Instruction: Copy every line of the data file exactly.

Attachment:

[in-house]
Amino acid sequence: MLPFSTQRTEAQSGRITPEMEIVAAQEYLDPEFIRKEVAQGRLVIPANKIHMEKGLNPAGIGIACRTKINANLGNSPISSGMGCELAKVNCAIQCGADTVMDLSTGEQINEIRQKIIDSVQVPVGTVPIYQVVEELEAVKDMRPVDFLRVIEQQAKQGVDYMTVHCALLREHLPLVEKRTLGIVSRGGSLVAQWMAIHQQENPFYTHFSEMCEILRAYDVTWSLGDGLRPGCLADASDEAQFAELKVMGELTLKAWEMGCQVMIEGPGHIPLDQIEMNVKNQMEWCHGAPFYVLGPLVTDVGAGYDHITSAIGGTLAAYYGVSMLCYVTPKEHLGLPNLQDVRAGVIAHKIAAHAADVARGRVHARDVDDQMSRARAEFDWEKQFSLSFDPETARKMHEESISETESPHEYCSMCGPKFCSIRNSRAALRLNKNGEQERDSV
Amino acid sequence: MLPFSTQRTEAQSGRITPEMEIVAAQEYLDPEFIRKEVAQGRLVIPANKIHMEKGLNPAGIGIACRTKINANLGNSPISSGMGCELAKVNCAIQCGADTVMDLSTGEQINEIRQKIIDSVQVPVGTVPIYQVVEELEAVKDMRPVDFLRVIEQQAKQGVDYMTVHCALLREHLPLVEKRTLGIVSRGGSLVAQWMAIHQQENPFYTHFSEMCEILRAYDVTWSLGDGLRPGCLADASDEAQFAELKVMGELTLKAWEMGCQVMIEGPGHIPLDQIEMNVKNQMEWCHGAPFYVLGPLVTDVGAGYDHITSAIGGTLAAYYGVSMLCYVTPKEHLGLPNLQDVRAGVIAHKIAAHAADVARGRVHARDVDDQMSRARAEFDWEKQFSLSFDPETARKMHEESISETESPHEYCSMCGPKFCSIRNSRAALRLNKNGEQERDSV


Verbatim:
[in-house]
Amino acid sequence: MLPFSTQRTEAQSGRITPEMEIVAAQEYLDPEFIRKEVAQGRLVIPANKIHMEKGLNPAGIGIACRTKINANLGNSPISSGMGCELAKVNCAIQCGADTVMDLSTGEQINEIRQKIIDSVQVPVGTVPIYQVVEELEAVKDMRPVDFLRVIEQQAKQGVDYMTVHCALLREHLPLVEKRTLGIVSRGGSLVAQWMAIHQQENPFYTHFSEMCEILRAYDVTWSLGDGLRPGCLADASDEAQFAELKVMGELTLKAWEMGCQVMIEGPGHIPLDQIEMNVKNQMEWCHGAPFYVLGPLVTDVGAGYDHITSAIGGTLAAYYGVSMLCYVTPKEHLGLPNLQDVRAGVIAHKIAAHAADVARGRVHARDVDDQMSRARAEFDWEKQFSLSFDPETARKMHEESISETESPHEYCSMCGPKFCSIRNSRAALRLNKNGEQERDSV
Amino acid sequence: MLPFSTQRTEAQSGRITPEMEIVAAQEYLDPEFIRKEVAQGRLVIPANKIHMEKGLNPAGIGIACRTKINANLGNSPISSGMGCELAKVNCAIQCGADTVMDLSTGEQINEIRQKIIDSVQVPVGTVPIYQVVEELEAVKDMRPVDFLRVIEQQAKQGVDYMTVHCALLREHLPLVEKRTLGIVSRGGSLVAQWMAIHQQENPFYTHFSEMCEILRAYDVTWSLGDGLRPGCLADASDEAQFAELKVMGELTLKAWEMGCQVMIEGPGHIPLDQIEMNVKNQMEWCHGAPFYVLGPLVTDVGAGYDHITSAIGGTLAAYYGVSMLCYVTPKEHLGLPNLQDVRAGVIAHKIAAHAADVARGRVHARDVDDQMSRARAEFDWEKQFSLSFDPETARKMHEESISETESPHEYCSMCGPKFCSIRNSRAALRLNKNGEQERDSV